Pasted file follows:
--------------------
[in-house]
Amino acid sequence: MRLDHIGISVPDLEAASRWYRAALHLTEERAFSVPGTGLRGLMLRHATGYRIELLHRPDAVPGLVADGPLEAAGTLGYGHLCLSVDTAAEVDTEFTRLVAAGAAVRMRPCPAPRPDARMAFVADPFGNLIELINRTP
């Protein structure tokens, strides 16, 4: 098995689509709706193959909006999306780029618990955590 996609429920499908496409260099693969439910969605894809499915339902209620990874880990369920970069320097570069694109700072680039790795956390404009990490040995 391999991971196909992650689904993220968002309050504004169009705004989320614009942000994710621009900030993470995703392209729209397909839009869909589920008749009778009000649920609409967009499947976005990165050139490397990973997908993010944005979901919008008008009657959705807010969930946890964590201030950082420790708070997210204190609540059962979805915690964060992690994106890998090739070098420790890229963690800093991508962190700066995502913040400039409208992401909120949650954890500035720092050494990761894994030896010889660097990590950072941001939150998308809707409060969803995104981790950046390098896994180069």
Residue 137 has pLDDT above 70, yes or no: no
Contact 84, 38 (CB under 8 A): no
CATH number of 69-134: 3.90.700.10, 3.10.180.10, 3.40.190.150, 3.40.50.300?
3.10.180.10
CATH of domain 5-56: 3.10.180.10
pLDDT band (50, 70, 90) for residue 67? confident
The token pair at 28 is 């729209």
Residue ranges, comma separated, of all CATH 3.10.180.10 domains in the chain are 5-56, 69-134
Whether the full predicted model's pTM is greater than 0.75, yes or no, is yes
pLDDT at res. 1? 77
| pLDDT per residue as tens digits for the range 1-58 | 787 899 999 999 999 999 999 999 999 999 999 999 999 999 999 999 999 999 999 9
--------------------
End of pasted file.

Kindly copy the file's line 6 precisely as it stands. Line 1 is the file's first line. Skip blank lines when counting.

CATH number of 69-134: 3.90.700.10, 3.10.180.10, 3.40.190.150, 3.40.50.300?